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High platelet count associated with venous thromboembolism in cancer patients: results from the Vienna Cancer and Thrombosis Study (CATS).
J Thromb Haemost 2010; 8(1):114-20JT

Abstract

BACKGROUND

In cancer patients, laboratory parameters that predict venous thromboembolism (VTE) are scarce. Increased platelet count has been found to be a risk factor for VTE in cancer patients receiving chemotherapy (CHT). We have assessed high platelet count as a risk predictor for VTE in patients with cancer undergoing discriminative anti-cancer treatments and investigated whether platelet count correlates with thrombopoietin (TPO) levels.

DESIGN AND METHODS

The Cancer and Thrombosis Study (CATS) is an ongoing prospective observational study of patients with newly diagnosed cancer or progression of disease, which started in October 2003. Occurrence of VTE and information on the patients' anti-cancer treatment during follow-up were recorded.

RESULTS

Between October 2003 and February 2008, 665 patients with solid tumors were included (314 female/351 male, mean age 62 years). VTE occurred in 44 patients (18 female/26 male, mean age 62 years). The cumulative probability of VTE after 1 year was 34.3% in patients with a platelet count (PC) above the 95th percentile representing 443 x 10(9)/L compared with 5.9% in those below 443 x 10(9)/L. High platelet count [hazard ratio (HR): 3.50, 95% confidence interval (CI): 1.52-8.06, P = 0.0032], soluble P-selectin [HR: 2.66, 95% CI: 1.42-4.96, P = 0.0021] and surgery [HR: 4.05, 95% CI: 1.74-9.46, P = 0.0012] were statistically significant risk factors for VTE in multivariable analysis along with leucocyte count, age, gender, radio- and CHT. We found no correlation between platelet count and TPO levels.

CONCLUSIONS

High PC is a clinically important, independent risk predictor for VTE in cancer patients. PC was not found to be associated with TPO levels.

Authors+Show Affiliations

Clinical Division of Haematology and Haemostaseology, Department of Medicine I, Medical University of Vienna, Vienna, Austria.

Pub Type(s)

Journal Article
Research Support, Non-U.S. Gov't

Language

eng

PubMed ID

19889150

Citation

Simanek, R, et al. "High Platelet Count Associated With Venous Thromboembolism in Cancer Patients: Results From the Vienna Cancer and Thrombosis Study (CATS)." Journal of Thrombosis and Haemostasis : JTH, vol. 8, no. 1, 2010, pp. 114-20.
Simanek R, Vormittag R, Ay C, et al. High platelet count associated with venous thromboembolism in cancer patients: results from the Vienna Cancer and Thrombosis Study (CATS). J Thromb Haemost. 2010;8(1):114-20.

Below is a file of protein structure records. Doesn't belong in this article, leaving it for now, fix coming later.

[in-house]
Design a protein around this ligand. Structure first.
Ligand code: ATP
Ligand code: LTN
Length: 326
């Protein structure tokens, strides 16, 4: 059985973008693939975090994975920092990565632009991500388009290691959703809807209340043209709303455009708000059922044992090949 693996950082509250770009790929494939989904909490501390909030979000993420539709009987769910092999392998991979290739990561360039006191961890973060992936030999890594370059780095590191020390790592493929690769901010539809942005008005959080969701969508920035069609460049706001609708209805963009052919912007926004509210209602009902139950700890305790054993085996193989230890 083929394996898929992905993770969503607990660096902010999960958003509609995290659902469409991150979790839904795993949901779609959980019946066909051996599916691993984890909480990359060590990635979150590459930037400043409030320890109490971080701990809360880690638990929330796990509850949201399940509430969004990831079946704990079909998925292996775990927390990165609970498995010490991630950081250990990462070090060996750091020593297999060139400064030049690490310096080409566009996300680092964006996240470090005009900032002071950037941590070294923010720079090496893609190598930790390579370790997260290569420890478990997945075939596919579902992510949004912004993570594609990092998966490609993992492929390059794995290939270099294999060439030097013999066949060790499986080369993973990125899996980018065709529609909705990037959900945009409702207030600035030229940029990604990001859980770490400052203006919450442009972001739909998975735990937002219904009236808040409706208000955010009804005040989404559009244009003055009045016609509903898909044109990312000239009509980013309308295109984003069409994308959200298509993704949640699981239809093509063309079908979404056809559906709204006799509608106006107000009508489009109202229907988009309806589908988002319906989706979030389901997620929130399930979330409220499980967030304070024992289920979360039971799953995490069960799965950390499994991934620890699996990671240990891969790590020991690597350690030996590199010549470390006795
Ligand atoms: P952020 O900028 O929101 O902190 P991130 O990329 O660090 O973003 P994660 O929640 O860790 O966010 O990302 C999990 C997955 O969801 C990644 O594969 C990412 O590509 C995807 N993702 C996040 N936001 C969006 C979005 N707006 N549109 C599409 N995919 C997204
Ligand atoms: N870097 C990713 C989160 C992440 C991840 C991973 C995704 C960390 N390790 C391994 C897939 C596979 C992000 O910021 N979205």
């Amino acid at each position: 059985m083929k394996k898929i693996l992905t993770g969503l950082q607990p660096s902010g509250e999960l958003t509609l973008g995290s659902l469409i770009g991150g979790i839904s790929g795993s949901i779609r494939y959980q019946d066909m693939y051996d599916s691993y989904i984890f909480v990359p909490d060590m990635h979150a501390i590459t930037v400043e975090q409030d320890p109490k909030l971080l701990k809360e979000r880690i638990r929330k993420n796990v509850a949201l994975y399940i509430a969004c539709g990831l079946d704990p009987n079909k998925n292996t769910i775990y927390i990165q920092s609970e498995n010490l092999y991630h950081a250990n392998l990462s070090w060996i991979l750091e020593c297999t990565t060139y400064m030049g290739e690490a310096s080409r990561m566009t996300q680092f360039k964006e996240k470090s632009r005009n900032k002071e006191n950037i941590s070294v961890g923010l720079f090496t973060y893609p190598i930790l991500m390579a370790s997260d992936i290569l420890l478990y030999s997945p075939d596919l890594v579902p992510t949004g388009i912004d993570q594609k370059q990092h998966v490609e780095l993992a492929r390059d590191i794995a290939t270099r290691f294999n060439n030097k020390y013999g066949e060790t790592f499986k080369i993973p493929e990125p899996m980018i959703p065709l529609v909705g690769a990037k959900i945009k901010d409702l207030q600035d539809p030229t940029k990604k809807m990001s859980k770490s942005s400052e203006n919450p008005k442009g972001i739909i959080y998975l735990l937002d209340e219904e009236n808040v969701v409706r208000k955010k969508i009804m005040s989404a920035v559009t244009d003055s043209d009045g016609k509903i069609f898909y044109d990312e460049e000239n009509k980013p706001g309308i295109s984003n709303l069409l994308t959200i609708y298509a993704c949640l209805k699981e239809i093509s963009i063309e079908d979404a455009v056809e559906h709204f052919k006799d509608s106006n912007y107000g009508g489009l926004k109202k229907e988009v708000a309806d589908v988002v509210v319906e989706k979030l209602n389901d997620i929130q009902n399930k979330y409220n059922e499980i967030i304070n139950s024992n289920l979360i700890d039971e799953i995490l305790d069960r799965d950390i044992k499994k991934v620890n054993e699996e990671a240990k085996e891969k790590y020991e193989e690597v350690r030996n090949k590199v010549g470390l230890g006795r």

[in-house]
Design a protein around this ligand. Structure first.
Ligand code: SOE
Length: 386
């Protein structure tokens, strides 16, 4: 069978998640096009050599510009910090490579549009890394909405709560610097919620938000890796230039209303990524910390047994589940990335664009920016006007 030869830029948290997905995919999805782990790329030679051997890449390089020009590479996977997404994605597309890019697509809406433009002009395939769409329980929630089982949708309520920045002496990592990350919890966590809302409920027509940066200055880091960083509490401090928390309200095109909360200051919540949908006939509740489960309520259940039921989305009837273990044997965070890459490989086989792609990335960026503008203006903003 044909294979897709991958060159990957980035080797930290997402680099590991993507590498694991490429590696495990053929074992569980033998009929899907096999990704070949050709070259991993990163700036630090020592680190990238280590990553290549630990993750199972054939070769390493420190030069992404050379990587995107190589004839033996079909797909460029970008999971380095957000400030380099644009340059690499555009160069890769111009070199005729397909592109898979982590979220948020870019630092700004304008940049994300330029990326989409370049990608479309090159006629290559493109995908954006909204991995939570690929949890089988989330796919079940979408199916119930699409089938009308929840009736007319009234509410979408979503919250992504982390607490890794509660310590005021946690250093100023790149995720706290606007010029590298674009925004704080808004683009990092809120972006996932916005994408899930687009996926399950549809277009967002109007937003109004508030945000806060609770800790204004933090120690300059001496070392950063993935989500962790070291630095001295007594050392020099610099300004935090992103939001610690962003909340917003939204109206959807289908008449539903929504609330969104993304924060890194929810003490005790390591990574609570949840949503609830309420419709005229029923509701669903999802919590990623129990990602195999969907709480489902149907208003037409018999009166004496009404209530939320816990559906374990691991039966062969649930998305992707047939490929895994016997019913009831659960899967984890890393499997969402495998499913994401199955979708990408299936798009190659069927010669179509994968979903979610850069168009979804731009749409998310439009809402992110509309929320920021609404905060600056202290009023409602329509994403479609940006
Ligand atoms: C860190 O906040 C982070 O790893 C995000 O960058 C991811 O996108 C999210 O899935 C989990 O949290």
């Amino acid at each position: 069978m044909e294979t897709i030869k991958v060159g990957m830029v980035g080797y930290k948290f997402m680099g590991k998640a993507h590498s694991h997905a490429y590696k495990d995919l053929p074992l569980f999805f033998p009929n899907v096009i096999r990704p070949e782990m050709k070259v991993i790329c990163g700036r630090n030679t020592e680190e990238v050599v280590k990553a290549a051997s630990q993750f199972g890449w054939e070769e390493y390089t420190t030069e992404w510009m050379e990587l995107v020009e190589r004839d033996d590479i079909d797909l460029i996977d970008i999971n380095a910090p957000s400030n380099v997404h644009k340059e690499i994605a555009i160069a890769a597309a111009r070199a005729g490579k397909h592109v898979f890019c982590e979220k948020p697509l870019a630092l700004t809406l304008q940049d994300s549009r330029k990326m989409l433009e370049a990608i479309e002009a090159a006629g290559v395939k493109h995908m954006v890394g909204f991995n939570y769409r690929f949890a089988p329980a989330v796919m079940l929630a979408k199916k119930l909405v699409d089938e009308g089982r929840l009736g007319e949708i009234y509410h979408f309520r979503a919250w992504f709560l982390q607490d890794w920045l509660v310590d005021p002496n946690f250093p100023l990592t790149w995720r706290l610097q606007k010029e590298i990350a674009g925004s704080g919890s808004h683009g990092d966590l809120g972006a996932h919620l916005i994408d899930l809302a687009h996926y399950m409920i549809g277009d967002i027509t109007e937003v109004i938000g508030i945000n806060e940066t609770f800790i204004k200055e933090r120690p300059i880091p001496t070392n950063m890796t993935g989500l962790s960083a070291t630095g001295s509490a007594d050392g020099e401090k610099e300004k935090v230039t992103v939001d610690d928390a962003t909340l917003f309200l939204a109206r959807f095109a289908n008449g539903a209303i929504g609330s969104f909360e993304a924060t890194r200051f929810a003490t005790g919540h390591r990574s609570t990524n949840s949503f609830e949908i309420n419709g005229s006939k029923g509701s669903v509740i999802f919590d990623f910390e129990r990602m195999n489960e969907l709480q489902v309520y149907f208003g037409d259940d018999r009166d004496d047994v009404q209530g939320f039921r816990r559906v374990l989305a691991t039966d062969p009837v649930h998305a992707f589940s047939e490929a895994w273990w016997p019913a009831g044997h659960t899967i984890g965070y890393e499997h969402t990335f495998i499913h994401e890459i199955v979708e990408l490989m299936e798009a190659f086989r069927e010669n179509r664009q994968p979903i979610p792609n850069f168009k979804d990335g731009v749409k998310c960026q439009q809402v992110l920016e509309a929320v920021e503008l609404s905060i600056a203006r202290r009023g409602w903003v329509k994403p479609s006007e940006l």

Simanek, R., Vormittag, R., Ay, C., Alguel, G., Dunkler, D., Schwarzinger, I., ... Pabinger, I. (2010). High platelet count associated with venous thromboembolism in cancer patients: results from the Vienna Cancer and Thrombosis Study (CATS). Journal of Thrombosis and Haemostasis : JTH, 8(1), pp. 114-20. doi:10.1111/j.1538-7836.2009.03680.x.
Simanek R, et al. High Platelet Count Associated With Venous Thromboembolism in Cancer Patients: Results From the Vienna Cancer and Thrombosis Study (CATS). J Thromb Haemost. 2010;8(1):114-20. PubMed PMID: 19889150.
* Article titles in AMA citation format should be in sentence-case
TY - JOUR T1 - High platelet count associated with venous thromboembolism in cancer patients: results from the Vienna Cancer and Thrombosis Study (CATS). AU - Simanek,R, AU - Vormittag,R, AU - Ay,C, AU - Alguel,G, AU - Dunkler,D, AU - Schwarzinger,I, AU - Steger,G, AU - Jaeger,U, AU - Zielinski,C, AU - Pabinger,I, Y1 - 2009/11/02/ PY - 2009/11/6/entrez PY - 2009/11/6/pubmed PY - 2010/5/21/medline SP - 114 EP - 20 JF - Journal of thrombosis and haemostasis : JTH JO - J. Thromb. Haemost. VL - 8 IS - 1 N2 - BACKGROUND: In cancer patients, laboratory parameters that predict venous thromboembolism (VTE) are scarce. Increased platelet count has been found to be a risk factor for VTE in cancer patients receiving chemotherapy (CHT). We have assessed high platelet count as a risk predictor for VTE in patients with cancer undergoing discriminative anti-cancer treatments and investigated whether platelet count correlates with thrombopoietin (TPO) levels. DESIGN AND METHODS: The Cancer and Thrombosis Study (CATS) is an ongoing prospective observational study of patients with newly diagnosed cancer or progression of disease, which started in October 2003. Occurrence of VTE and information on the patients' anti-cancer treatment during follow-up were recorded. RESULTS: Between October 2003 and February 2008, 665 patients with solid tumors were included (314 female/351 male, mean age 62 years). VTE occurred in 44 patients (18 female/26 male, mean age 62 years). The cumulative probability of VTE after 1 year was 34.3% in patients with a platelet count (PC) above the 95th percentile representing 443 x 10(9)/L compared with 5.9% in those below 443 x 10(9)/L. High platelet count [hazard ratio (HR): 3.50, 95% confidence interval (CI): 1.52-8.06, P = 0.0032], soluble P-selectin [HR: 2.66, 95% CI: 1.42-4.96, P = 0.0021] and surgery [HR: 4.05, 95% CI: 1.74-9.46, P = 0.0012] were statistically significant risk factors for VTE in multivariable analysis along with leucocyte count, age, gender, radio- and CHT. We found no correlation between platelet count and TPO levels. CONCLUSIONS: High PC is a clinically important, independent risk predictor for VTE in cancer patients. PC was not found to be associated with TPO levels. SN - 1538-7836 UR - https://www.unboundmedicine.com/medline/citation/19889150/High_platelet_count_associated_with_venous_thromboembolism_in_cancer_patients:_results_from_the_Vienna_Cancer_and_Thrombosis_Study__CATS__ L2 - https://doi.org/10.1111/j.1538-7836.2009.03680.x DB - PRIME DP - Unbound Medicine ER -